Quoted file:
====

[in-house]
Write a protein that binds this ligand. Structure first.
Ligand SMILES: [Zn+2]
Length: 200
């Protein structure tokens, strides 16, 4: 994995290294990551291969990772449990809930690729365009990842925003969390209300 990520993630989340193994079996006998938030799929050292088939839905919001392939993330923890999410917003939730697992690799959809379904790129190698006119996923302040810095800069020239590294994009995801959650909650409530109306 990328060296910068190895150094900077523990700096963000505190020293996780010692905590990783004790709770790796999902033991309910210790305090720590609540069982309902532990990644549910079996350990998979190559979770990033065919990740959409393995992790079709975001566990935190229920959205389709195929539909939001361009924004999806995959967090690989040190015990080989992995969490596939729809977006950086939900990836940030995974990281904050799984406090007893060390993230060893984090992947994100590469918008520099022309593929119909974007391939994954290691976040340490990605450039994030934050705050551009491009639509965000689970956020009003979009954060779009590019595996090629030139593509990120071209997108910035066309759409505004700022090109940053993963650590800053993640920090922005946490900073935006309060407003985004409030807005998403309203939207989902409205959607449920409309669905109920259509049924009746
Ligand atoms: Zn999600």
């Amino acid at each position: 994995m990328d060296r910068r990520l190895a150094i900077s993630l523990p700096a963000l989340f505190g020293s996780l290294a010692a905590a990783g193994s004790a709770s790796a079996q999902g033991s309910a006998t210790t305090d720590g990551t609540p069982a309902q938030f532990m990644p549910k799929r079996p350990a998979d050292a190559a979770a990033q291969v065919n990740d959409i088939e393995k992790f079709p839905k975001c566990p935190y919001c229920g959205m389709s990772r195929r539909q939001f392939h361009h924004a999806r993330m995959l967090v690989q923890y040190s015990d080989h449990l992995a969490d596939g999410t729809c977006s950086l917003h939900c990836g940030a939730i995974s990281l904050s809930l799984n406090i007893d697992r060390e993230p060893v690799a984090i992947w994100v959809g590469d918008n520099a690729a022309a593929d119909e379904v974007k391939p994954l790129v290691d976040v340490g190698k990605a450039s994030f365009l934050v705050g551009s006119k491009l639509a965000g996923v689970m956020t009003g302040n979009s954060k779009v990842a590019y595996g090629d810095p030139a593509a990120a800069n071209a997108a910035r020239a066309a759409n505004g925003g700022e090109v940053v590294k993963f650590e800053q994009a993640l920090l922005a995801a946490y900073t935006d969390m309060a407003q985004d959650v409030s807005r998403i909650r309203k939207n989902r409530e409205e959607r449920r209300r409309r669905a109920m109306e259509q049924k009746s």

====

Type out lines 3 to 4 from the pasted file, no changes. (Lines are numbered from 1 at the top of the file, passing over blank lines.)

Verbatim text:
Ligand SMILES: [Zn+2]
Length: 200